Installing Arch Linux with Grub on LVM
I spent the better part of a day trying to get Arch Linux installed on a System76 Galago UltraPro laptop. I can honestly say it was a bit of a march slogging through endless websites and the Arch wiki itself before triumphantly conquering the aging hardware issue I was having.
It all stems from discovering this piece of hardware I came upon (how is not important) that allowed me the opportunity to nearly memorize the tedious, yet rewarding, steps of installing Arch Linux. Anyone who has trudged through the laundry list of steps it takes to install Arch more than say… twice, I am sure can understand the frustrations it can pose. Not to mention the hair pulling, the exhaustion, the urge to break numerous inanimate objects, and so on.
I first started out installing Arch by using bootctl as the boot loader fully expecting no problem at all. I soon realized on my first reboot there was definitely a problem. So, take two. Figuring I had missed some important configuration for the boot loading I went and tried again from scratch. Of course, I did review my setup first, I am not a dummy just launching myself into the abyss of installing Arch without double checking.
After no fewer than 4 times of pounding my proverbial “melon” off the ol’ keyboard I realized that I was not making the mistakes I thought I might be and I started investigating believing it to be more of a hardware issue. Hardware, not configuration was the exact problem.
You see, there is an outdated technology I am certain you are aware of. This obsolete awfulness called BIOS. It turns out my mistake was in assuming that this piece of hardware was new enough that the motherboard complied with the UEFI standard of booting up. I was laughably wrong, and also very frustrated to say the least. It was ever so slight a victory realizing that I had not been doing it wrong all along, well okay, yes, I was; however it was the outdated hardware that was causing the issue. My configuration was correct, if and only if, it were ran on newer hardware.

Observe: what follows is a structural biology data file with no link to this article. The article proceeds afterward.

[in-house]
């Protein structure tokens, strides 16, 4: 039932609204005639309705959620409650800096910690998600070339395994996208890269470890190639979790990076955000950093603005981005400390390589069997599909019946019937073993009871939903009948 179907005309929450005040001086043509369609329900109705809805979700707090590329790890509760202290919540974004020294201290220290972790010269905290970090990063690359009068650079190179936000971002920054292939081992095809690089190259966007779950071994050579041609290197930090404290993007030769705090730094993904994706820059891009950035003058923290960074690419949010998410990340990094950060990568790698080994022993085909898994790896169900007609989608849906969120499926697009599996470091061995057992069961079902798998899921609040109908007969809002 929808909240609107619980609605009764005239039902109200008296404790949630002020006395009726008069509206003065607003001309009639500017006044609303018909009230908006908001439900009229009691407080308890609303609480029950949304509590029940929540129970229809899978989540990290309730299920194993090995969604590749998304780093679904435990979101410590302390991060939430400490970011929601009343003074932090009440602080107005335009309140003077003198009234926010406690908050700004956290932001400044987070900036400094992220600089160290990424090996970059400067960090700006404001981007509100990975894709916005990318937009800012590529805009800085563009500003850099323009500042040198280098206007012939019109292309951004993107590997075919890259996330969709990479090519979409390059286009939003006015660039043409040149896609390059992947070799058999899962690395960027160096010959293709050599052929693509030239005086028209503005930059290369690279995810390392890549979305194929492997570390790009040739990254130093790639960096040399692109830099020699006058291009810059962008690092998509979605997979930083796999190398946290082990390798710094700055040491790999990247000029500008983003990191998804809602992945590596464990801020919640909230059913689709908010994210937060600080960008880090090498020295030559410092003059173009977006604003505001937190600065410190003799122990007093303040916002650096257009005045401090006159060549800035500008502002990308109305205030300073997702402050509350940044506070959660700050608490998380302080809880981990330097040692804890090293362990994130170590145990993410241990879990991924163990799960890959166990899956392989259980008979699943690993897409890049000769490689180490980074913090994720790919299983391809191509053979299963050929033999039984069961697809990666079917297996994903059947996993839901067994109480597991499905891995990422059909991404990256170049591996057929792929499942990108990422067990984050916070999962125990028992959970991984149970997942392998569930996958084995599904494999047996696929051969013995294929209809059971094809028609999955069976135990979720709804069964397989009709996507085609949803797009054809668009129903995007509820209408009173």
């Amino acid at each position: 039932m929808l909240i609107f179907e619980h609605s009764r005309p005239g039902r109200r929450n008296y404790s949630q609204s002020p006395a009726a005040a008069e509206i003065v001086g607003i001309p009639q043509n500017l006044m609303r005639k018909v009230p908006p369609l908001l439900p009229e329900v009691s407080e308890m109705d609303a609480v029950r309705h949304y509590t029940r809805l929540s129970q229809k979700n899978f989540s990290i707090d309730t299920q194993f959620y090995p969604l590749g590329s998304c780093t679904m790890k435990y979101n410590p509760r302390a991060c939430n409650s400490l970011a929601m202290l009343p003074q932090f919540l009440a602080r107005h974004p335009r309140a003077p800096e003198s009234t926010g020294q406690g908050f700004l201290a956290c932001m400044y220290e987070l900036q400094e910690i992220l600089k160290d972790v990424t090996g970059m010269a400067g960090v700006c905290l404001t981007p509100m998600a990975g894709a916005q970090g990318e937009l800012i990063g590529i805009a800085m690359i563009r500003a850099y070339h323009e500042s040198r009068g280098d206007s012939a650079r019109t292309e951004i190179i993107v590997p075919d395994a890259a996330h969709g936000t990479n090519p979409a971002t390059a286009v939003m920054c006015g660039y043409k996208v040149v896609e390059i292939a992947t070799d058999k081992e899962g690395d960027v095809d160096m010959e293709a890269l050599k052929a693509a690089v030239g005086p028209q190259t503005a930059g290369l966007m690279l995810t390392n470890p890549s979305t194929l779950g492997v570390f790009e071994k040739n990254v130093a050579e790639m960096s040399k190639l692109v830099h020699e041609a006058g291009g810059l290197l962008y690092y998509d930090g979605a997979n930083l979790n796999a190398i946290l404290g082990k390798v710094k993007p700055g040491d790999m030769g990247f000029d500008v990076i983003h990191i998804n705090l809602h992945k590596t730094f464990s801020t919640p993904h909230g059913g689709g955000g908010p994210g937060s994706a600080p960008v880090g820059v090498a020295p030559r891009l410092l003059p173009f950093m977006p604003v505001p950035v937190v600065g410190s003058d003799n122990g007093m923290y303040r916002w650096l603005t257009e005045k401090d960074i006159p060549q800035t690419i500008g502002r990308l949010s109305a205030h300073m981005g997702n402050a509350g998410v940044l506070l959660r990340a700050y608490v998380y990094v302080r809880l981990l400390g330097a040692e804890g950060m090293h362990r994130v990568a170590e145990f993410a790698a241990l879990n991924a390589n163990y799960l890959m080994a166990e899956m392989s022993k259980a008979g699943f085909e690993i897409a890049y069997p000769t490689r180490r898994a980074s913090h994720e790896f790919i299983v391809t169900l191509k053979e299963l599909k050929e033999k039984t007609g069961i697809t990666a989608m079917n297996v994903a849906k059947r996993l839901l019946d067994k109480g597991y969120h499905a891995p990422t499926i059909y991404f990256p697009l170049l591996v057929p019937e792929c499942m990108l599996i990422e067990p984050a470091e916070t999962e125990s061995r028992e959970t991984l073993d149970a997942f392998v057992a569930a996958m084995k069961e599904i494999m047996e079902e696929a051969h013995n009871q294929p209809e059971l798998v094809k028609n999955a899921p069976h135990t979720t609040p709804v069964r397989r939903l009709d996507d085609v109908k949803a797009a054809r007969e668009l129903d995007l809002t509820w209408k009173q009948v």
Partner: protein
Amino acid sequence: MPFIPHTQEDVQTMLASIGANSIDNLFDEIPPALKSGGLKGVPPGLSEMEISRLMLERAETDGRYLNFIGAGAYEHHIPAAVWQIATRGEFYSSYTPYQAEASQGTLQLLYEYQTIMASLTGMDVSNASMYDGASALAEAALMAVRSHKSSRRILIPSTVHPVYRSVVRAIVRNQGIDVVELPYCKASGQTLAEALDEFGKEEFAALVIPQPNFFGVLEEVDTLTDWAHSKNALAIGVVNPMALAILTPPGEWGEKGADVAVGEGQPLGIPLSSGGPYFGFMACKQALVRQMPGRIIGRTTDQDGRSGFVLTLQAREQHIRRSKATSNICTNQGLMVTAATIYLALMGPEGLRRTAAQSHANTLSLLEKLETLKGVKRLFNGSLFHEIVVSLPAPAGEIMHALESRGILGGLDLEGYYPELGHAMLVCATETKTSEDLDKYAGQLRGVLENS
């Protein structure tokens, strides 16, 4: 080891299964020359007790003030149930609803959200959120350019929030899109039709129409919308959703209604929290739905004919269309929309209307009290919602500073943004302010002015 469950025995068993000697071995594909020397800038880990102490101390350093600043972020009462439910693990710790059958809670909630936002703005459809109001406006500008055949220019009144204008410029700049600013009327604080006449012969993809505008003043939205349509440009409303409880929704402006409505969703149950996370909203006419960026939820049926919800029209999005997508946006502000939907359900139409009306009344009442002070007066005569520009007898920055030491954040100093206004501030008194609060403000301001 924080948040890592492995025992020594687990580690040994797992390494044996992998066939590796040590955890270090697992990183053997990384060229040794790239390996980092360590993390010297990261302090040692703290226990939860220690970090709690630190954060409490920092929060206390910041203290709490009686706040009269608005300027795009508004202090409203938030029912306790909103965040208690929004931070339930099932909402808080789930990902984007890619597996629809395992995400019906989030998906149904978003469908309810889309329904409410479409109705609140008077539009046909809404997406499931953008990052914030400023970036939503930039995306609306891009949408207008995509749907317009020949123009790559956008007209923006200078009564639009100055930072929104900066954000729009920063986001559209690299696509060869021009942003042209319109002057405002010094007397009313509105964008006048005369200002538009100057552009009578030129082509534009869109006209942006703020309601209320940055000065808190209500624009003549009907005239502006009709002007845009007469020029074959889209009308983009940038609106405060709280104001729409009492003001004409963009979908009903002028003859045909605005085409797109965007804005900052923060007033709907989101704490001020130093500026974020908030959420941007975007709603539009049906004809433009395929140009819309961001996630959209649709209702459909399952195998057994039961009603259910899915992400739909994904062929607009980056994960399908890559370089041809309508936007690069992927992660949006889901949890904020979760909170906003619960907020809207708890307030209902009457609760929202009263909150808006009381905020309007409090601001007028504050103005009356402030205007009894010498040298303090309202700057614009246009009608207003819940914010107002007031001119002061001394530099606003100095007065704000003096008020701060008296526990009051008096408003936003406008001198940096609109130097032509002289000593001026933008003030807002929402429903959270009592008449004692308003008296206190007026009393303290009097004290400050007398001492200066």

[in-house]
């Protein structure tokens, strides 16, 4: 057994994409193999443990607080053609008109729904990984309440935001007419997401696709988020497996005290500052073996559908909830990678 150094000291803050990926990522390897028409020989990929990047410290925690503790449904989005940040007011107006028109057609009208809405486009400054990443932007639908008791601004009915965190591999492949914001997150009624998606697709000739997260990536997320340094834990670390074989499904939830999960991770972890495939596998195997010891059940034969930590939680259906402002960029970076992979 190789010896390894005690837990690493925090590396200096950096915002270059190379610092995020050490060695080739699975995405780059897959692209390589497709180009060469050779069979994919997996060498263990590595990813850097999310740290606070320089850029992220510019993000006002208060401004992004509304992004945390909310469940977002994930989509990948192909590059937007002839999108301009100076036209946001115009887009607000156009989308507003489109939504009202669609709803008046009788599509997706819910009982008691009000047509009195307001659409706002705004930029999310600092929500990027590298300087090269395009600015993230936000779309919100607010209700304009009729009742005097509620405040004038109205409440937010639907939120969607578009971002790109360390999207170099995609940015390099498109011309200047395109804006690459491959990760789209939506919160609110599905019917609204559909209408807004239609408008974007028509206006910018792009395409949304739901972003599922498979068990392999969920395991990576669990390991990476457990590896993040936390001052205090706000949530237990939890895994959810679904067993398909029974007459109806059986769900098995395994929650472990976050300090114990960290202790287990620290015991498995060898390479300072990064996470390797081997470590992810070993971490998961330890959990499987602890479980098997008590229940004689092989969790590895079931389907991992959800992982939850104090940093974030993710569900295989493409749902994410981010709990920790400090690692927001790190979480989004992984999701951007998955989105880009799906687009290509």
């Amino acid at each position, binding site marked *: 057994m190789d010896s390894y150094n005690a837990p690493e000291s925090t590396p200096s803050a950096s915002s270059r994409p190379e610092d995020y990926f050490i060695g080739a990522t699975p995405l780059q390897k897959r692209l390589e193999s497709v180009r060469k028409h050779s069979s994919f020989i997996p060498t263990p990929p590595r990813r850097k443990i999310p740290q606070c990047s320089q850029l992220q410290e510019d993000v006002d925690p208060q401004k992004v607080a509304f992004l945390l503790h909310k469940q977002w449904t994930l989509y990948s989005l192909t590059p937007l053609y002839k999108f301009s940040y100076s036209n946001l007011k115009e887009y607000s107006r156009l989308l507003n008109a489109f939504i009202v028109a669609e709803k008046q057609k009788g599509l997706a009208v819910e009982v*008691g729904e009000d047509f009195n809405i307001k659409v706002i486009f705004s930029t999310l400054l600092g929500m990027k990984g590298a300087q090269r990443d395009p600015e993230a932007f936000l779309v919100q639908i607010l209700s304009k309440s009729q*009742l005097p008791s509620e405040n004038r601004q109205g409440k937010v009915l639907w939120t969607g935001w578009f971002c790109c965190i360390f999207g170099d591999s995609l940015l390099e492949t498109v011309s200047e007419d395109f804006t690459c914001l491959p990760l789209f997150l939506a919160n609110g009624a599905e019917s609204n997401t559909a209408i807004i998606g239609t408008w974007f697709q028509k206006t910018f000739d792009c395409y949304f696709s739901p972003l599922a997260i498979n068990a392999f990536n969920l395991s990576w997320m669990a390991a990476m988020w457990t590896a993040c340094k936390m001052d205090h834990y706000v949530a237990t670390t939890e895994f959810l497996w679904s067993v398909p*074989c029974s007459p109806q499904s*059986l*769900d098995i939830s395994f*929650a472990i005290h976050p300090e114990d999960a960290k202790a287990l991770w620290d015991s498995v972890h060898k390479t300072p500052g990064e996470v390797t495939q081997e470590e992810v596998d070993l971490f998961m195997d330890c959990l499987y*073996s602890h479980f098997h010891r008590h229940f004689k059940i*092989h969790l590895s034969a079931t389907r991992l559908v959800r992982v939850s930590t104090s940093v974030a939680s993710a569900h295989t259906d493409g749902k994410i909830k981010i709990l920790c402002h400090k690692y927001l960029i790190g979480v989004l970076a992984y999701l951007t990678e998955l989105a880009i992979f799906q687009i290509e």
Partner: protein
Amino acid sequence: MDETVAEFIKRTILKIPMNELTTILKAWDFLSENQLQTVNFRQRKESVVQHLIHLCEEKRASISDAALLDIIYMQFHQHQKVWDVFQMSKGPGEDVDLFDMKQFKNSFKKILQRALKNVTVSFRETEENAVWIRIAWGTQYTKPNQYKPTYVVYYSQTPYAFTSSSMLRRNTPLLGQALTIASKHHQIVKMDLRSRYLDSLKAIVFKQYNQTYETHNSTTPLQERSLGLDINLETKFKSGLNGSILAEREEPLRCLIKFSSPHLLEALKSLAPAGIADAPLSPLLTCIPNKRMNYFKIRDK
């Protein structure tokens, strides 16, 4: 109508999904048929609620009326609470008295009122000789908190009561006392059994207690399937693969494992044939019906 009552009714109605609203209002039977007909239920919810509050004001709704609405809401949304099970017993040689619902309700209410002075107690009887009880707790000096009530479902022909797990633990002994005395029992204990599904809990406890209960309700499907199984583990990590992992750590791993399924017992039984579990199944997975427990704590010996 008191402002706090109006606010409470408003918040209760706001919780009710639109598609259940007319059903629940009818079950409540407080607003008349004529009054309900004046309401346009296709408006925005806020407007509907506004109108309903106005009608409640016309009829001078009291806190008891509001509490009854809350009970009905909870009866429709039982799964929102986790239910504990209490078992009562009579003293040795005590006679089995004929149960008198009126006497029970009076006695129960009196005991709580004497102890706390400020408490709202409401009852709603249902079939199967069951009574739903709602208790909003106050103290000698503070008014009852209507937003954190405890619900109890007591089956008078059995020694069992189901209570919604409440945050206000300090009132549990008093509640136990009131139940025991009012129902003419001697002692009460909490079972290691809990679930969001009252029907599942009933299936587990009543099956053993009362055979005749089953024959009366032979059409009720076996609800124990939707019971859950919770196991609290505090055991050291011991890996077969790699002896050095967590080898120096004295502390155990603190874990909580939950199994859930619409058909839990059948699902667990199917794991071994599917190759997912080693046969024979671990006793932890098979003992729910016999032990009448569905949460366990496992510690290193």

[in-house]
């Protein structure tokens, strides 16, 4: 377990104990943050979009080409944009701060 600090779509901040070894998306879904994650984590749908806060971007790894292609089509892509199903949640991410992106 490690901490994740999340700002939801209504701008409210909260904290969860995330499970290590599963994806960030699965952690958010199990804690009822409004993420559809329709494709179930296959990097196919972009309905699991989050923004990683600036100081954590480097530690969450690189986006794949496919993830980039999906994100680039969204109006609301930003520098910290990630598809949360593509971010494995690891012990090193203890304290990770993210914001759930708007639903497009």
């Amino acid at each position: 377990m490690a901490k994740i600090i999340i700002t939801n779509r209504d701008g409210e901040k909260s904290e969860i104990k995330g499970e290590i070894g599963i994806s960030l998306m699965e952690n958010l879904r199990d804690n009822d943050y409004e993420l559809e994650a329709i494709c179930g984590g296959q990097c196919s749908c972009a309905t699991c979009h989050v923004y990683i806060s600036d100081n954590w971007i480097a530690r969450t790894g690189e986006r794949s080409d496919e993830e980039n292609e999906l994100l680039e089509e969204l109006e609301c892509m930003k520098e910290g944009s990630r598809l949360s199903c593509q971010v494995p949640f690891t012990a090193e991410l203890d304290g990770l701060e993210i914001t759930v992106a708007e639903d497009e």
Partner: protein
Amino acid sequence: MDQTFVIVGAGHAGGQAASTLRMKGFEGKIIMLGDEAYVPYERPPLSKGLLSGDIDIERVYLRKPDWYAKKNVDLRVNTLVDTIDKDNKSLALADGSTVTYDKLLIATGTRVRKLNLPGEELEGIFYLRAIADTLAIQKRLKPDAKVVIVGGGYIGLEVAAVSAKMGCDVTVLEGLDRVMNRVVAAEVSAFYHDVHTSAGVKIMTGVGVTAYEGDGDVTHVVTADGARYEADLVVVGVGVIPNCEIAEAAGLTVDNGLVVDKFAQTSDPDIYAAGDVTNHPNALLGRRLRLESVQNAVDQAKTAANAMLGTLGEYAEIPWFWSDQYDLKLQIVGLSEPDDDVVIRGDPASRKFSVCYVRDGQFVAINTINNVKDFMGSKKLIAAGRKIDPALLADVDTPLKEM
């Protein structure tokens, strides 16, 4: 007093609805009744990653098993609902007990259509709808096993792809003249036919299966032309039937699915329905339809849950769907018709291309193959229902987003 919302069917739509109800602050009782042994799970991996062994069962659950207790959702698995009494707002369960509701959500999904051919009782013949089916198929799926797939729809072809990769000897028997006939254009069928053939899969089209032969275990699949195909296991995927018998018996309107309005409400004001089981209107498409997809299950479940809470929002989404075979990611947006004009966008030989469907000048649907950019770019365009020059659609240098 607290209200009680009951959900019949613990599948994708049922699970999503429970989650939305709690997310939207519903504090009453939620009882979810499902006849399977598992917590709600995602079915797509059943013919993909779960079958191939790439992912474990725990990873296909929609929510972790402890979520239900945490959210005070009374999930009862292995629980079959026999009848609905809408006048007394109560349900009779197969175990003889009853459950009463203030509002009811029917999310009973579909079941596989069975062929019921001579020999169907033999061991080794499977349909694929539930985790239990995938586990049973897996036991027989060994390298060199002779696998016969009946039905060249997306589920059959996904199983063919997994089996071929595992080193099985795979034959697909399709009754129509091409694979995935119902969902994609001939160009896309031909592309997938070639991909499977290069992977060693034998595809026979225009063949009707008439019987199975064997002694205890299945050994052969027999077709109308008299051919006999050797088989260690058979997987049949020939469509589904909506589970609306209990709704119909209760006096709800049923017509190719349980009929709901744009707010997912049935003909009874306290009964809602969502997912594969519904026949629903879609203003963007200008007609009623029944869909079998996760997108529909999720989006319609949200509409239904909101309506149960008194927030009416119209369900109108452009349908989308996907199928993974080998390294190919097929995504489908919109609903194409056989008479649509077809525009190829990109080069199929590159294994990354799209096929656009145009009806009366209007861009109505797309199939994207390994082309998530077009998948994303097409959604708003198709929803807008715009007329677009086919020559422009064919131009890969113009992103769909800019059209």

Due to this there was the realization that I would need to dig into the annals of the World Wide Web to find information of how to setup Grub as the boot loader instead of having it use systemd.
Now, it was not as bad as say… eating a bowl of Carolina Reapers and then sitting idly by waiting for the inevitable crying to begin once nature calls. It was not easy though, and took a considerable amount of trial and error until finally I found a guide and patched the holes in that guide with my own knowledge and passed mistakes. Well, and also some new mistakes too; even when I thought I was out of the woods BAM, another roadblock. Typically these roadblocks were gotchas I either didn’t know was needed, or was something I knew but overlooked.
Anyways, without going on and on and on with some long boring tale of how I finally achieved success in accomplishing this frustrating task… I’ll get to the point.
How to install Arch Linux on an ancient BIOS system requiring you to use Grub, and just for niceness utilizing LVM as your partition of choice:
Boot up to your favorite Arch ISO via USB or other means and begin the journey.
connect to Wi-fi:
find your drive:
setup your partitions:
$> fdisk /dev/sdX ## replace the X with your drives designation letter
n (to add a new partition)
1 (default partition number)
(accept default start)